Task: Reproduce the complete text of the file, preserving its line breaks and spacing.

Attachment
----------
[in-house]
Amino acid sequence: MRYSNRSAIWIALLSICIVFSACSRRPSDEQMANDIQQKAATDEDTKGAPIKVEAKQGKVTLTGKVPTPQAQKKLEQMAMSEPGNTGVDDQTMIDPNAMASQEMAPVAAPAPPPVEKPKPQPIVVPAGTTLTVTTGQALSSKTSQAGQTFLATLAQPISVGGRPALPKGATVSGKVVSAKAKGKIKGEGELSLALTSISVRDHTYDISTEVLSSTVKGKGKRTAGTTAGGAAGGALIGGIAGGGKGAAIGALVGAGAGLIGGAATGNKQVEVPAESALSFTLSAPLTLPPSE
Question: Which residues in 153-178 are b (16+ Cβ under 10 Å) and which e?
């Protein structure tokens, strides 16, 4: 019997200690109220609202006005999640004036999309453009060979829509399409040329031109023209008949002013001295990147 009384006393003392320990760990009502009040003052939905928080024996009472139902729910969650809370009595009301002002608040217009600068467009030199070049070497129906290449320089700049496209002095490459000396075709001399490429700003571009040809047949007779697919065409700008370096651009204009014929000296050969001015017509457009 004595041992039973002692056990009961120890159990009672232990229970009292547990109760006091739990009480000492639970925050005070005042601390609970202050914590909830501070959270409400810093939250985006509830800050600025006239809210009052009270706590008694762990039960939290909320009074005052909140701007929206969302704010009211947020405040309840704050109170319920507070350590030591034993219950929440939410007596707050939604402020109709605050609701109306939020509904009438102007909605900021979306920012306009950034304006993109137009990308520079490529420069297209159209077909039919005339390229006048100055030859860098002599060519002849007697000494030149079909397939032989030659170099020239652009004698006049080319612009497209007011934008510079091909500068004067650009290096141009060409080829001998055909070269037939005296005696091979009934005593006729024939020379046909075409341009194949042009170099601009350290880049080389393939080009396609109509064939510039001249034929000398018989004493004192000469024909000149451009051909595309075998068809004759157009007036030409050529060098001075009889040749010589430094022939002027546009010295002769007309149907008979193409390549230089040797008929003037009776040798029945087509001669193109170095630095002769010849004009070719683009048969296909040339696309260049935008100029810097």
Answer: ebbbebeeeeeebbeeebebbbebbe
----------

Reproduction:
[in-house]
Amino acid sequence: MRYSNRSAIWIALLSICIVFSACSRRPSDEQMANDIQQKAATDEDTKGAPIKVEAKQGKVTLTGKVPTPQAQKKLEQMAMSEPGNTGVDDQTMIDPNAMASQEMAPVAAPAPPPVEKPKPQPIVVPAGTTLTVTTGQALSSKTSQAGQTFLATLAQPISVGGRPALPKGATVSGKVVSAKAKGKIKGEGELSLALTSISVRDHTYDISTEVLSSTVKGKGKRTAGTTAGGAAGGALIGGIAGGGKGAAIGALVGAGAGLIGGAATGNKQVEVPAESALSFTLSAPLTLPPSE
Question: Which residues in 153-178 are b (16+ Cβ under 10 Å) and which e?
């Protein structure tokens, strides 16, 4: 019997200690109220609202006005999640004036999309453009060979829509399409040329031109023209008949002013001295990147 009384006393003392320990760990009502009040003052939905928080024996009472139902729910969650809370009595009301002002608040217009600068467009030199070049070497129906290449320089700049496209002095490459000396075709001399490429700003571009040809047949007779697919065409700008370096651009204009014929000296050969001015017509457009 004595041992039973002692056990009961120890159990009672232990229970009292547990109760006091739990009480000492639970925050005070005042601390609970202050914590909830501070959270409400810093939250985006509830800050600025006239809210009052009270706590008694762990039960939290909320009074005052909140701007929206969302704010009211947020405040309840704050109170319920507070350590030591034993219950929440939410007596707050939604402020109709605050609701109306939020509904009438102007909605900021979306920012306009950034304006993109137009990308520079490529420069297209159209077909039919005339390229006048100055030859860098002599060519002849007697000494030149079909397939032989030659170099020239652009004698006049080319612009497209007011934008510079091909500068004067650009290096141009060409080829001998055909070269037939005296005696091979009934005593006729024939020379046909075409341009194949042009170099601009350290880049080389393939080009396609109509064939510039001249034929000398018989004493004192000469024909000149451009051909595309075998068809004759157009007036030409050529060098001075009889040749010589430094022939002027546009010295002769007309149907008979193409390549230089040797008929003037009776040798029945087509001669193109170095630095002769010849004009070719683009048969296909040339696309260049935008100029810097």
Answer: ebbbebeeeeeebbeeebebbbebbe